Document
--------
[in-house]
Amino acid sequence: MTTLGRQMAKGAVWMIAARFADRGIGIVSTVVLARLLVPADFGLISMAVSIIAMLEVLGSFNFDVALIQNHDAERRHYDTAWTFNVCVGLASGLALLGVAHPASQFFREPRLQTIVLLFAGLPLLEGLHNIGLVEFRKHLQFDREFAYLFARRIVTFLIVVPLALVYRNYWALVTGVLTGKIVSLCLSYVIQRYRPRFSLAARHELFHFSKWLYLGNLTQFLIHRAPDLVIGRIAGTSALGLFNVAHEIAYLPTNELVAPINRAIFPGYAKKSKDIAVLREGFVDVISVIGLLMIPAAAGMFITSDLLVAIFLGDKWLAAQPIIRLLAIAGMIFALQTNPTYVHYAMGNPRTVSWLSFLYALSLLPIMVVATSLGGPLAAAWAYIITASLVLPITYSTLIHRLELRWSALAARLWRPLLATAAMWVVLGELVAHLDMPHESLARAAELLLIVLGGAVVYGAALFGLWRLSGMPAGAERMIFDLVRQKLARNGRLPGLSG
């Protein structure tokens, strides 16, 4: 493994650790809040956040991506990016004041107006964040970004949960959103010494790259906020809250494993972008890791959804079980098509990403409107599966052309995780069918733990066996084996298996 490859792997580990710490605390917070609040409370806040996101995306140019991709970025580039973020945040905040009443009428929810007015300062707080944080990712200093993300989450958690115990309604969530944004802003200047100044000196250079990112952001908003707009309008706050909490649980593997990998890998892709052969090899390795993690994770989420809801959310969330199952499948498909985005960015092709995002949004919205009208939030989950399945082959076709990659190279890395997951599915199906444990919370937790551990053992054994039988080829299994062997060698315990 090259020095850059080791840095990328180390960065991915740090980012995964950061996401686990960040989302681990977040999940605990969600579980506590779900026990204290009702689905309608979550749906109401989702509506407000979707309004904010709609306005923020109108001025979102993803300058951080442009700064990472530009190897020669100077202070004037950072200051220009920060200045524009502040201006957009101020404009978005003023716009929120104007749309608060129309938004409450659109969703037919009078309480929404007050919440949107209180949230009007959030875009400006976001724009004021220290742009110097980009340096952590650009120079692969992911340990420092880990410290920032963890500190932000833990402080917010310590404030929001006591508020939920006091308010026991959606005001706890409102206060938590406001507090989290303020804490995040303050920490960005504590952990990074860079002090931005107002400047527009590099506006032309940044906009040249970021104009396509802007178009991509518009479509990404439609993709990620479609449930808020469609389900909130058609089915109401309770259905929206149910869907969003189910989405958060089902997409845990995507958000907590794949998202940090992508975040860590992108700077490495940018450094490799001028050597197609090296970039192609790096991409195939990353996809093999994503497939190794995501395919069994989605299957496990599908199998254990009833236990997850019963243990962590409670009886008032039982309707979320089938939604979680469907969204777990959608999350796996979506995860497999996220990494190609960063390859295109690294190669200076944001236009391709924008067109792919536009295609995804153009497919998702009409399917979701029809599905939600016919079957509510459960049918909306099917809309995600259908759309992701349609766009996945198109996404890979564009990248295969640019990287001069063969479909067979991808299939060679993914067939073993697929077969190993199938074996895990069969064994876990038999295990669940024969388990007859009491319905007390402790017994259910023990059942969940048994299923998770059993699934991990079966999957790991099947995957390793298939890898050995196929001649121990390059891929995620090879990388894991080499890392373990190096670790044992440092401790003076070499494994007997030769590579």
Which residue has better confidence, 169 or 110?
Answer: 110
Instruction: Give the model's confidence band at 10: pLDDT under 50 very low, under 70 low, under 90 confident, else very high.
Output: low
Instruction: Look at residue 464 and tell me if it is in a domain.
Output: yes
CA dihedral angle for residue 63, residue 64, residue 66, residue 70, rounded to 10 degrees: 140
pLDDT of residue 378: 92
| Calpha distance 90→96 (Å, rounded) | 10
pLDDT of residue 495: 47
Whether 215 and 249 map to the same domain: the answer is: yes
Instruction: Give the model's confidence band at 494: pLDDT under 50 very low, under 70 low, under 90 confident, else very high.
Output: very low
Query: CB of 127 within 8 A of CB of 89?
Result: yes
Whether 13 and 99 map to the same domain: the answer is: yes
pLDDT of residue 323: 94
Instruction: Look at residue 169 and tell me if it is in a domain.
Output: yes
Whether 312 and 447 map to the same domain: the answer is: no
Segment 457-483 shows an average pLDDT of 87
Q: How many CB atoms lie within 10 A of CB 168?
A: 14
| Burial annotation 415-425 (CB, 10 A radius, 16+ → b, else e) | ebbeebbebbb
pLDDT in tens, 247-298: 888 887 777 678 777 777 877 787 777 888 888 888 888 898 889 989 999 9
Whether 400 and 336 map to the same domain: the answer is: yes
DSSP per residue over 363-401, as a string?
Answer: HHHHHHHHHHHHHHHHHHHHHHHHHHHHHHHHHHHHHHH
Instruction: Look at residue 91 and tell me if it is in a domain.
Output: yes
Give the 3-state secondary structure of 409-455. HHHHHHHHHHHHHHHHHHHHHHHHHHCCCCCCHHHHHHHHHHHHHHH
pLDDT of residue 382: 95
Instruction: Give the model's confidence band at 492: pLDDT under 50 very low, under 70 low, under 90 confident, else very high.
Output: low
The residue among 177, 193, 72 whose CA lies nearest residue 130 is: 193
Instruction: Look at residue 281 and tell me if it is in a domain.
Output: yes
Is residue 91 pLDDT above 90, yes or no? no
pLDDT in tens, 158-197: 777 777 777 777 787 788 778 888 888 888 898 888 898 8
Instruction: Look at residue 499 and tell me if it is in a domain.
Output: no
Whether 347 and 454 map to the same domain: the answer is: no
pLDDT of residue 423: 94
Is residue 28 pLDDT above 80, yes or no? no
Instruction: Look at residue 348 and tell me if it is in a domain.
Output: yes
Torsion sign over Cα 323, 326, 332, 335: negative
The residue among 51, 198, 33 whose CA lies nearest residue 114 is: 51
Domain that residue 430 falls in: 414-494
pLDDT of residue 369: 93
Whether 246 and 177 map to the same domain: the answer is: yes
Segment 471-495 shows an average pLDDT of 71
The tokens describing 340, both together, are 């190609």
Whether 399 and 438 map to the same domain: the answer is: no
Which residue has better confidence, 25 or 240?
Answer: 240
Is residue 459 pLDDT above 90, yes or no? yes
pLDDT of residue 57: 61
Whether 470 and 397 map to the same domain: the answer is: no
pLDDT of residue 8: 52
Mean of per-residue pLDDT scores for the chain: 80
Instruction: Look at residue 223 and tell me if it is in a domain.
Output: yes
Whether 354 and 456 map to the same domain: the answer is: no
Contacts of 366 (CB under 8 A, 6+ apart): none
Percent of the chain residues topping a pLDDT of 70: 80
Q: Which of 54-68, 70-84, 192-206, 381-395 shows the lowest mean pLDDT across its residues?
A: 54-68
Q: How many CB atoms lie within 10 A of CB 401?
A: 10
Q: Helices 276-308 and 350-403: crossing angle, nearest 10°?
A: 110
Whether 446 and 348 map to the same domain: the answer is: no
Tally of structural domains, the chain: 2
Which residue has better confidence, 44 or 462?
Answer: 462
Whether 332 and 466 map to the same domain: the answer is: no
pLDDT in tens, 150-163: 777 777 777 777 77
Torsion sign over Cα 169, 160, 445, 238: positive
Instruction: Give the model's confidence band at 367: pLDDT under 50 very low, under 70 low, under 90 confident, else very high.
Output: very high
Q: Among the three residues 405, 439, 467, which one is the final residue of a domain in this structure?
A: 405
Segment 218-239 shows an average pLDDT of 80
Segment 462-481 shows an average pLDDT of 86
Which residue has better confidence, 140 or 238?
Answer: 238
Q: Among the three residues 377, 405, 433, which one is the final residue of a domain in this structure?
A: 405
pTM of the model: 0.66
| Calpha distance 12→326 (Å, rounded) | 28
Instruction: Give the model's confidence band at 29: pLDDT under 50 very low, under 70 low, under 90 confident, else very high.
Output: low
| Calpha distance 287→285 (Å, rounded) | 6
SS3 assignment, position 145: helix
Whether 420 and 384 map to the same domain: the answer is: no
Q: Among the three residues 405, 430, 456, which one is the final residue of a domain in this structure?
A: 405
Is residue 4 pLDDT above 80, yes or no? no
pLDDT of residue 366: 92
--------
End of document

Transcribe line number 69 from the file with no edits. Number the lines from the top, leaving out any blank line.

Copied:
Percent of the chain residues topping a pLDDT of 70: 80